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[si-kwoi-uh] /sɪˈkwɔɪ ə/
either of two large coniferous trees of California, Sequoiadendron giganteum or Sequoia sempervirens, both having reddish bark and reaching heights of more than 300 feet (91 meters).
Origin of sequoia
1840-50, Americanism; named after Sequoya Unabridged
Based on the Random House Dictionary, © Random House, Inc. 2015.
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Examples from the Web for sequoia
Contemporary Examples
Historical Examples
  • Perhaps nowhere else is it possible to hike so easily for hours through such forests of sequoia, pine, and fir.

    Sequoia [California] National Park United States Department of the Interior
  • Pilch shaded her eyes and looked at the sequoia's crown far above them.

    Legacy James H Schmitz
  • I wonder if you, raised as you have been, can face life in sequoia resolutely with my son.

    The Valley of the Giants Peter B. Kyne
  • "He moved over into the sequoia right after we got back," Trigger said.

    Legacy James H Schmitz
  • "Bryce Cardigan speaking, Mr. Poundstone," he greeted the chief executive of sequoia.

    The Valley of the Giants Peter B. Kyne
  • The General Grant Park has a sequoia that is thirty-five feet in diameter.

    Your National Parks Enos A. Mills
  • When attention is called to the method of sequoia stream-making, it will be apprehended at once.

    The Yosemite John Muir
British Dictionary definitions for sequoia


either of two giant Californian coniferous trees, Sequoia sempervirens (redwood) or Sequoiadendron giganteum (formerly Sequoia gigantea) (big tree or giant sequoia): family Taxodiaceae
Word Origin
C19: New Latin, named after Sequoya, known also as George Guess, (?1770–1843), American Indian scholar and leader
Collins English Dictionary - Complete & Unabridged 2012 Digital Edition
© William Collins Sons & Co. Ltd. 1979, 1986 © HarperCollins
Publishers 1998, 2000, 2003, 2005, 2006, 2007, 2009, 2012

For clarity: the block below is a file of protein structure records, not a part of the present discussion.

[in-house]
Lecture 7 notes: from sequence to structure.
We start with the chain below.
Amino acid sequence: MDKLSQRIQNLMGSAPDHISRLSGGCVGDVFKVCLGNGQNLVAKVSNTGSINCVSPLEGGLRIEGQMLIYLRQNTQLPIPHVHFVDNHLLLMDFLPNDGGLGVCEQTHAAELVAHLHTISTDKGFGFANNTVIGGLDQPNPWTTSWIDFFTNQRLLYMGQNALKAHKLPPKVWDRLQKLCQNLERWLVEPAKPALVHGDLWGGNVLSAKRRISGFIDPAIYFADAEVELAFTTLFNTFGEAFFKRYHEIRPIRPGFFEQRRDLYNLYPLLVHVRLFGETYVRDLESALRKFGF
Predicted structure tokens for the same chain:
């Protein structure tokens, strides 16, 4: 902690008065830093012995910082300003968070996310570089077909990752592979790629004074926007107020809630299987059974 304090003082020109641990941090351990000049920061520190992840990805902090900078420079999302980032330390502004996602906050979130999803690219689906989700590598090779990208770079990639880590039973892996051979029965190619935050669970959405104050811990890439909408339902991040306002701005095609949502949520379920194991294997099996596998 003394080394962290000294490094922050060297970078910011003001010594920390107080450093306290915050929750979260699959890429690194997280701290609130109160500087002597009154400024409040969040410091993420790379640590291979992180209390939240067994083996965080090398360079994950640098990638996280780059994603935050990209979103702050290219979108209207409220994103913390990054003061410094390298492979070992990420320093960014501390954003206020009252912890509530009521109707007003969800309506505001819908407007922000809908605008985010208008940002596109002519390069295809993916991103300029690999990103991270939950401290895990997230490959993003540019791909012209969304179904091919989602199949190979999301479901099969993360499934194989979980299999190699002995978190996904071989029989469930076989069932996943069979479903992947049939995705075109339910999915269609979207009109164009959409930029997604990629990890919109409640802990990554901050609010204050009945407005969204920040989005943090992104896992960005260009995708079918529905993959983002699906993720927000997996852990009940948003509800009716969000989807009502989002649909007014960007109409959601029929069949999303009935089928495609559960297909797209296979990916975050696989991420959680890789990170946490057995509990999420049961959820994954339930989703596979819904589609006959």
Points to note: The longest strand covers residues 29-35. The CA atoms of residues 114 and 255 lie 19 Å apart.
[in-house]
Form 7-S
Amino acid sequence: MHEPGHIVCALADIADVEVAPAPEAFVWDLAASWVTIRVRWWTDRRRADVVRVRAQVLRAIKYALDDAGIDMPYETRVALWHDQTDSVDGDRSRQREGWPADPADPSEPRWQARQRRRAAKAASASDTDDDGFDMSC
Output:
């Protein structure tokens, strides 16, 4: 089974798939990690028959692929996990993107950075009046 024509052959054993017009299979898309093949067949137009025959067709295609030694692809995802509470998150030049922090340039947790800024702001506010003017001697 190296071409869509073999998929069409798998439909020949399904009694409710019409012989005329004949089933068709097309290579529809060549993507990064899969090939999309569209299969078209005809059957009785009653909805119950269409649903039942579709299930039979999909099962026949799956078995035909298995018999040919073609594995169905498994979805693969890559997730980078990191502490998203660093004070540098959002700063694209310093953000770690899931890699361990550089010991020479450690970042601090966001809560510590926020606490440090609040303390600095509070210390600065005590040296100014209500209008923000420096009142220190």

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Word Origin and History for sequoia

large American coniferous tree, 1857, from Modern Latin tree genus name given 1847 by Austrian botanist Stephan Endlicher (1804-1849), originally to a different tree, the coast redwood, apparently in honor of Sequoya (a.k.a. George Guess, 1760-1843), Cherokee man who invented a system of writing for his people's language, whose name is from Cherokee (Iroquoian) Sikwayi, a word of unknown etymology.

Endlicher was a specialist in conifers, and he also was a philologist. But he never gave an etymology of this name and a search of his papers discovered no mention of Sequoya or the Cherokee writing system, and the connection is an assumption that some botanists have challenged, though no better candidate for a source has yet been found.

The giant sequoia was unseen by Europeans until 1833 and unknown to scientists until 1852. In May 1855, a pair of American botanists named it Taxodium giganteum, but that name was deemed inappropriate for several scientific reasons. Meanwhile, English botanist John Lindley, who had never been to California, in 1853 named it Wellingtonia in honor of the Duke of Wellington. "As high as Wellington towers above his contemporaries, as high towers this California tree above the forest surrounding it. Therefore, it shall bear for all time to come the name Wellingtonia gigantea." This sat poorly with the Americans, and much ink was spilled until a French botanist provided the solution by transferring Endlicher's name. In Britain still popularly called Wellingtonia.

Online Etymology Dictionary, © 2010 Douglas Harper
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